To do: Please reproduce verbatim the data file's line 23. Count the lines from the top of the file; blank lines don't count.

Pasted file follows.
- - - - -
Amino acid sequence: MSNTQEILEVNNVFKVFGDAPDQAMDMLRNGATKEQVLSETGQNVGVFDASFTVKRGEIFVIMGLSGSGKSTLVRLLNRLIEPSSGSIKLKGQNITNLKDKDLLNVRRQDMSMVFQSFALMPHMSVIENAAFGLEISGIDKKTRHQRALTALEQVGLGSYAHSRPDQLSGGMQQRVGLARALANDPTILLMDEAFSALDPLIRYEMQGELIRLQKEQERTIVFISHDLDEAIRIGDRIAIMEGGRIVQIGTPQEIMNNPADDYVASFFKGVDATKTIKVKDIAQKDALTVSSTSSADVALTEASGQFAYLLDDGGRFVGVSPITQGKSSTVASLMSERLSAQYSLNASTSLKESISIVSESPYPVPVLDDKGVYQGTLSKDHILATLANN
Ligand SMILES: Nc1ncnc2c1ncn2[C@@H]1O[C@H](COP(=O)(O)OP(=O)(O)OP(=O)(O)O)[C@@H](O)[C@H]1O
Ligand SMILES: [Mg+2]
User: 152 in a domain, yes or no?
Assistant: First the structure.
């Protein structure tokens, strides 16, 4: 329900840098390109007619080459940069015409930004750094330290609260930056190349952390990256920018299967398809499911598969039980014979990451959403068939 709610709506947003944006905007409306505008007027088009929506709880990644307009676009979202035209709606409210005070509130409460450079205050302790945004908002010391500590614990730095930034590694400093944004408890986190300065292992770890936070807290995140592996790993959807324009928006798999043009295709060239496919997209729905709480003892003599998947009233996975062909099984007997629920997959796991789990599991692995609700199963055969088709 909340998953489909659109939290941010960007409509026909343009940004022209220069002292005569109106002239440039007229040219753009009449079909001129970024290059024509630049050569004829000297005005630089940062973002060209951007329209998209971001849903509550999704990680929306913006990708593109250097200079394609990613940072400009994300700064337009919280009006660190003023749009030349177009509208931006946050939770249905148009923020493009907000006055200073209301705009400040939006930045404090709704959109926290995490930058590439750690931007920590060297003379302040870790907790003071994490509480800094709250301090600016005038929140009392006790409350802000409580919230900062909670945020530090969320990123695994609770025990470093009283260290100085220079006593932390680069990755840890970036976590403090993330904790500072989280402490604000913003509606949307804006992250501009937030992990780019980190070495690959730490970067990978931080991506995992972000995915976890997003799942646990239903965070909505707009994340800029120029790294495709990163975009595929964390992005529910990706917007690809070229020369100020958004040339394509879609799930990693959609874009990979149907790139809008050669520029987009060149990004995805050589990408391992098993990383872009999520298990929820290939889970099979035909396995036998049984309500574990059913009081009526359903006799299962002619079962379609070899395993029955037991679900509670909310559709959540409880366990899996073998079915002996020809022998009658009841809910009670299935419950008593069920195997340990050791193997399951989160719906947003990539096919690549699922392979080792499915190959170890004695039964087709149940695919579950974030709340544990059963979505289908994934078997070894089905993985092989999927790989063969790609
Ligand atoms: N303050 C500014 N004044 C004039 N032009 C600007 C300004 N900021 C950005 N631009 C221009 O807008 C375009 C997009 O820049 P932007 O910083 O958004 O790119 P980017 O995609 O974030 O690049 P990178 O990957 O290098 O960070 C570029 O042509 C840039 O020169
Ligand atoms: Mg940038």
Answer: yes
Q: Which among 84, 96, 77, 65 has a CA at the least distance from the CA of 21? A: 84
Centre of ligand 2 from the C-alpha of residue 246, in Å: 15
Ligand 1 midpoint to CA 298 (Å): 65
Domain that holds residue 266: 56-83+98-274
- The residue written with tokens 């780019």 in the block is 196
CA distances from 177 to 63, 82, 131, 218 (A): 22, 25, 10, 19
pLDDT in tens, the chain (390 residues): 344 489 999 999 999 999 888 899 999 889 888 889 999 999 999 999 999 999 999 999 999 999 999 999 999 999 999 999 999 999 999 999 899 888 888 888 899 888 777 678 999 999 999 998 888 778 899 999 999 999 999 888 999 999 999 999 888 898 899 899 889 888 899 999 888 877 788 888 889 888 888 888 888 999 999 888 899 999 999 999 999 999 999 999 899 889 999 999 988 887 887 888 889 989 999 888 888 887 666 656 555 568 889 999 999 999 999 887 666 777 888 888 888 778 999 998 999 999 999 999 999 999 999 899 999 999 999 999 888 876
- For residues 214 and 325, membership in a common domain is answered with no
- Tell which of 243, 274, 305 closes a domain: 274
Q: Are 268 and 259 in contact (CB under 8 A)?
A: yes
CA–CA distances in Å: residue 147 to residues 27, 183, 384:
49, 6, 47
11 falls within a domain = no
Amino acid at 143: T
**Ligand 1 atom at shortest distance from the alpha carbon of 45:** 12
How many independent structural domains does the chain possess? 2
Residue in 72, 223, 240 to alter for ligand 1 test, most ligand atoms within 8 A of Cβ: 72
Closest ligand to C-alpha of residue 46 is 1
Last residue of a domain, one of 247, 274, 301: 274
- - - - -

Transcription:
11 falls within a domain = no